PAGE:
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Queens Chronicle

Channel your inner toy-enthusiast in LIC

Acting as a giant toy chest, LIC Cafe teems with 3,000 Japanese dolls

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Posted: Thursday, January 29, 2015 10:30 am

Grumpy cat, a squid, Samwise the Hobbit and a smiling hot dog walk into an exhibit. And, they bring 4,000 of their friends.

The World Amigurumi Exhibition, on display until the end of February at Resobox Gallery in Long Island City, spotlights “amugurumi,” an artistic concept that began in Japan, wherein knitted or crocheted stuffed creatures — many of which are, yes, adorable — are given anthropomorphic traits such as eyes, faces or clothing.

According to Resobox curators, endowing these figures with human qualities gestures to a Japanese philosophy, “Yaoyorozu no Kami,” which suggests that gods live within all inanimate objects, and humanizing them strengthens the bond between the living and the non-living.

Resobox also widens the lens on this art form, including 140 artists from 32 countries.

The thought of thousands of critters — from pirates to happy ice cream cones to bears — being suspended from above, dangling off of walls and perched upon window sills may seem overwhelming. Aside from a rainbow of color, which includes shades of deep indigo to cotton candy pink to wasabi green, diverse textures also abound; some yarn is tiny and fine and some is more frizzy and chunky. It can take a while to absorb all of the stimuli.

The space, like a giant toy chest, must be either a haven or a nightmare for those with attention deficit disorders.

But maybe its the gods indwelling each toy that make the kaleidoscope of color texture a soothing experience, instead of an overwhelming one. The space, which has a cafe serving fragrant traditional dishes such as udon noodles with fried bean curd, sashimi and matcha green tea, satisfies all five senses. Soft music, such as the soundtrack from the Hayao Miyazaki film Ponyo, for example, wafts through the space. Touching and examining up close is allowed, but it takes self-discipline to quell one’s inner 5-year-old and keep from scooping up heaps of amigurumi and fleeing down 27th Street.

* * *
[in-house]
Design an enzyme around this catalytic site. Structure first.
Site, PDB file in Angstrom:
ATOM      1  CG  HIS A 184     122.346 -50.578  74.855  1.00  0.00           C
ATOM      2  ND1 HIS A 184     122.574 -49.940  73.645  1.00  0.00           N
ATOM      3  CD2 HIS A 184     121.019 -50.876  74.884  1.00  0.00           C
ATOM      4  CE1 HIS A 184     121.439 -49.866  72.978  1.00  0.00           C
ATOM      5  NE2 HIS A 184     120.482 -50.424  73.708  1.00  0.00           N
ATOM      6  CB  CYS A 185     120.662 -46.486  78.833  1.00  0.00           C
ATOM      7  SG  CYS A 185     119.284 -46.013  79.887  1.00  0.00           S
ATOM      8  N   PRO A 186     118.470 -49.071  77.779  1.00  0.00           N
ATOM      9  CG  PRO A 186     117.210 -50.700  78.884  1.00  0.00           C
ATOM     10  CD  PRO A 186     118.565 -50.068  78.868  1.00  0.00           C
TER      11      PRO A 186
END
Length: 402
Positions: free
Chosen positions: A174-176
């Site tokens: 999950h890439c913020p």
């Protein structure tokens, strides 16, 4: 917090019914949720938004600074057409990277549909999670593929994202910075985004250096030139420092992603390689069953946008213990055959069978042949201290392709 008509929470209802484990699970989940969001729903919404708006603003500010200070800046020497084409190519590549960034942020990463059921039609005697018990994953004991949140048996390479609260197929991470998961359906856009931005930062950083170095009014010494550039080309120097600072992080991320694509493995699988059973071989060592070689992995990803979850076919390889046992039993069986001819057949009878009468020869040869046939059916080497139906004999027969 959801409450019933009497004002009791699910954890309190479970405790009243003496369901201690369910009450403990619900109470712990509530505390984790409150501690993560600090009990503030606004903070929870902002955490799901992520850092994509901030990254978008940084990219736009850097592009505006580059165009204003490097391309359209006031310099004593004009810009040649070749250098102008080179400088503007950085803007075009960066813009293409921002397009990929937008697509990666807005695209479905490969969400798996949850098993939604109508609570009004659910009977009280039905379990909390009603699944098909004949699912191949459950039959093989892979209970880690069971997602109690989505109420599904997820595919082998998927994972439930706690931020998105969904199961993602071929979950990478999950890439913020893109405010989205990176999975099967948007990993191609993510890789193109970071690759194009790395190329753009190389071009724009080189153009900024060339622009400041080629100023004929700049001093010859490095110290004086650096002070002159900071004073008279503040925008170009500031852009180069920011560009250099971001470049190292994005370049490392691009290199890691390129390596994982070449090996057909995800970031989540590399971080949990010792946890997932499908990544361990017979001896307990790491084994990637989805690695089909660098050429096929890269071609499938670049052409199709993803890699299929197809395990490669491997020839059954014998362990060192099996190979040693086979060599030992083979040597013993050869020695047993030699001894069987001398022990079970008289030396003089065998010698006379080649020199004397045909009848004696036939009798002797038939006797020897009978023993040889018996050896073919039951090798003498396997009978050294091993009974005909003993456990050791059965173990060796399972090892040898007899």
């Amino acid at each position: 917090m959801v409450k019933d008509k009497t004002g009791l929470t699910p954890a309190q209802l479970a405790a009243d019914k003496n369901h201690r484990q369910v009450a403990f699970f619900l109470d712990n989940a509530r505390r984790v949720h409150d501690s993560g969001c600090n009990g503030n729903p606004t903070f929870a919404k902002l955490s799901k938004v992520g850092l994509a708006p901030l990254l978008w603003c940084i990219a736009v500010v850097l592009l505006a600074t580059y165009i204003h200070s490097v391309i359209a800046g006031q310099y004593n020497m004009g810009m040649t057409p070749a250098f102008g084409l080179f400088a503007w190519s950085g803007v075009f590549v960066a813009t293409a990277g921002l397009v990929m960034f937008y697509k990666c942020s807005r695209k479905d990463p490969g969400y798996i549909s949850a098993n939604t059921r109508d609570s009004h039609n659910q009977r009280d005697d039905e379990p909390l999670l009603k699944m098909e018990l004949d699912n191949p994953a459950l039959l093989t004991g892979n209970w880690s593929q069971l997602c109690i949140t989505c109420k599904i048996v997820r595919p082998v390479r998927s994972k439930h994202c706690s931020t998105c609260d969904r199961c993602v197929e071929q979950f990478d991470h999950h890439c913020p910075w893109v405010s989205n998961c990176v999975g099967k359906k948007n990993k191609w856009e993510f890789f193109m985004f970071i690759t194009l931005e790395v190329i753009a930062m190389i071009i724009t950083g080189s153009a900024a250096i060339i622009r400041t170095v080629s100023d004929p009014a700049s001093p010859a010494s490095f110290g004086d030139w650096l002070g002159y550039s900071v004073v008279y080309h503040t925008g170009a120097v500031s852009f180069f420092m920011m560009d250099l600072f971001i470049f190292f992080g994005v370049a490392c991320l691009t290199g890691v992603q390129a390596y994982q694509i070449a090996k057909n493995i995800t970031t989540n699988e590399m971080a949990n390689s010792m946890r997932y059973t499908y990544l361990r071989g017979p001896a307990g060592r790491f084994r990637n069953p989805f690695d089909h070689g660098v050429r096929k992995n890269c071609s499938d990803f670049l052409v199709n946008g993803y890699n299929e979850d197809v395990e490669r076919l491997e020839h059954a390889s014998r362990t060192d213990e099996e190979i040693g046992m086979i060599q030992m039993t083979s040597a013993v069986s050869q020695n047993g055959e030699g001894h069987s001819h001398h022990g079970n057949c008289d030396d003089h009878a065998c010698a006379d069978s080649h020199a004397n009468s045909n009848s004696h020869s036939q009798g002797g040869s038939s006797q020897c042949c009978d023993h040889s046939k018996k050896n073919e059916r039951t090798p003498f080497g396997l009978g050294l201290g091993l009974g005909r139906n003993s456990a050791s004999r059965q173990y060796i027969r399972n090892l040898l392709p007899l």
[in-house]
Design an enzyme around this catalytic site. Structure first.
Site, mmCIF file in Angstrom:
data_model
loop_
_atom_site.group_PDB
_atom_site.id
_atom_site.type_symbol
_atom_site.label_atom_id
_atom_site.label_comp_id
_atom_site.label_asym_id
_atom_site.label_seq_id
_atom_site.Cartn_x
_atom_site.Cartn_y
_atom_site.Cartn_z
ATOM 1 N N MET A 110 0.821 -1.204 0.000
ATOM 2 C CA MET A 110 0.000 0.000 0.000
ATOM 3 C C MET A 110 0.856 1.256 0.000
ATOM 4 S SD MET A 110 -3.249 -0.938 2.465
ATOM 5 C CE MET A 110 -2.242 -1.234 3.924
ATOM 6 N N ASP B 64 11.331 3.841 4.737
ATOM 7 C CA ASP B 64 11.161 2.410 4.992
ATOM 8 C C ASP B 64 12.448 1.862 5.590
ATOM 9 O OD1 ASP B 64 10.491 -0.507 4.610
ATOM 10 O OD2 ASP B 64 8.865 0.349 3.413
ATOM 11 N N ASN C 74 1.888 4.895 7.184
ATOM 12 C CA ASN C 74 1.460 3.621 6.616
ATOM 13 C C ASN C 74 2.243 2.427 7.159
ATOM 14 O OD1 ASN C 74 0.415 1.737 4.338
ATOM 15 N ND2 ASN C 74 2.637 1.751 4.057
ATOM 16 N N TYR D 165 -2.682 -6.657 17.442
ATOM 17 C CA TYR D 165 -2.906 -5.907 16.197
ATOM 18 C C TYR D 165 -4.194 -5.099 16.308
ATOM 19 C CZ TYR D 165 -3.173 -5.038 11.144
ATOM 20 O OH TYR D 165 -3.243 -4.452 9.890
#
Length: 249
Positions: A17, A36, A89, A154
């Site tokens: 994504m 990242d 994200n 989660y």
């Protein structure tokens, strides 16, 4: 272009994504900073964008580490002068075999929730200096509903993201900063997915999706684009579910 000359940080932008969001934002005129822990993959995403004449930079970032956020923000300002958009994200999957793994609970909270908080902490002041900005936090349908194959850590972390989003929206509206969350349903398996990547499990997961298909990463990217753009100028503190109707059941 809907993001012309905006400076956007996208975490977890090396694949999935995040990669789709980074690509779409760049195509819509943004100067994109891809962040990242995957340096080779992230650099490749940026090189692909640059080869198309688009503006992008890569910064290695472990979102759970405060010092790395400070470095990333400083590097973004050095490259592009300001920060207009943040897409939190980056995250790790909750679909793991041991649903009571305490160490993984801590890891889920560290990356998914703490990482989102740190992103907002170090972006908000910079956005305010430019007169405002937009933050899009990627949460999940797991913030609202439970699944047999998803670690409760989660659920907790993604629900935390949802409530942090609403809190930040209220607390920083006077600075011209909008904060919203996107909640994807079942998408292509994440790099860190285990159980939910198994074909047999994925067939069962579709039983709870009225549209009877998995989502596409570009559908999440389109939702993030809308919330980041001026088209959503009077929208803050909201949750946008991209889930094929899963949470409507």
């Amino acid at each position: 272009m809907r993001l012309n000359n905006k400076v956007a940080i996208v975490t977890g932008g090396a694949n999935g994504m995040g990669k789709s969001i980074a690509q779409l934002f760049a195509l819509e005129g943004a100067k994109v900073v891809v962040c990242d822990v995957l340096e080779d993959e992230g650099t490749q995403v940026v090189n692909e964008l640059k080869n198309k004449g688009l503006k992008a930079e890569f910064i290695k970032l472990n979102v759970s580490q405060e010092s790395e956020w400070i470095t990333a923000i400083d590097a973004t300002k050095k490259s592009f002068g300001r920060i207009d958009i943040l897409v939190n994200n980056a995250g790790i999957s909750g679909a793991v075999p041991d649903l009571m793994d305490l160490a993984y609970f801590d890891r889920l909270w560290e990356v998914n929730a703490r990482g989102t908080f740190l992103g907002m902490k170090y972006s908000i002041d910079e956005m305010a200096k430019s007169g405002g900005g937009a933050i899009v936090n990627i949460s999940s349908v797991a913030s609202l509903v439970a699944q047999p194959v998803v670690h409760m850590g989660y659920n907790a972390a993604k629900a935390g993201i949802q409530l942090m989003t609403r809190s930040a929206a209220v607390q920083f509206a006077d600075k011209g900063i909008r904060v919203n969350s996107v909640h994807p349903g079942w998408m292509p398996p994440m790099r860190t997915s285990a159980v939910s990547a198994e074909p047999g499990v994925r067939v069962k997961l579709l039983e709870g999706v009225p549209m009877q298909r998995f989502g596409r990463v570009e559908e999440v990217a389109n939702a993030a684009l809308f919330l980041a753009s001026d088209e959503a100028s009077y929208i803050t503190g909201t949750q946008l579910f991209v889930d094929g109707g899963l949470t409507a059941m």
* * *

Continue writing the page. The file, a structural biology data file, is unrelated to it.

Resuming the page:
The subject matter of the figures ranges from food, such as donuts, cupcakes, carrots, sushi (which are particularly cool), and hot dogs, to plants such as flowers and cacti. It’s a unique space where knitted mermaids mingle with mice, or where a dragon the size of a beagle, valued at $1,000, dangles beside a $1 miniature elephant.

All items are also for sale and have clear indications of whether or not they’re baby safe.

Examining just animals alone also highlights an interesting contrast between realistic representations and more cuddly cartoons: Some octopus figures, which many Japanese people regard as monstrous or scary, according to one Resobox staff member, are rendered lovable or cuddly by some artists, while other versions present them realistically with anatomical accuracy.

Other animals, such as fish, foxes, owls, cats and dogs are also represented as both adorable and realistic. The different viewpoints among artists across the globe are clear.

Fans of Japanese culture should definitely visit, but knitting enthusiasts and even people who can’t sew a stitch would be mesmerized by the gallery, which is right around the corner and up the street from Queensboro Plaza.

The center also offers classes in all-things Japanese culture such as cosplay prop making, anime drawing, jodi stick fighting and sushi or noodle cooking classes.

World Amigurumi Exhibition
When: Monday, Wednesday to Friday, 11 a.m.-5 p.m.; weekends, noon to 5 p.m. through Feb. 28.
Where: Resobox Gallery,
41-26 27 St., LIC
Website: resobox.com

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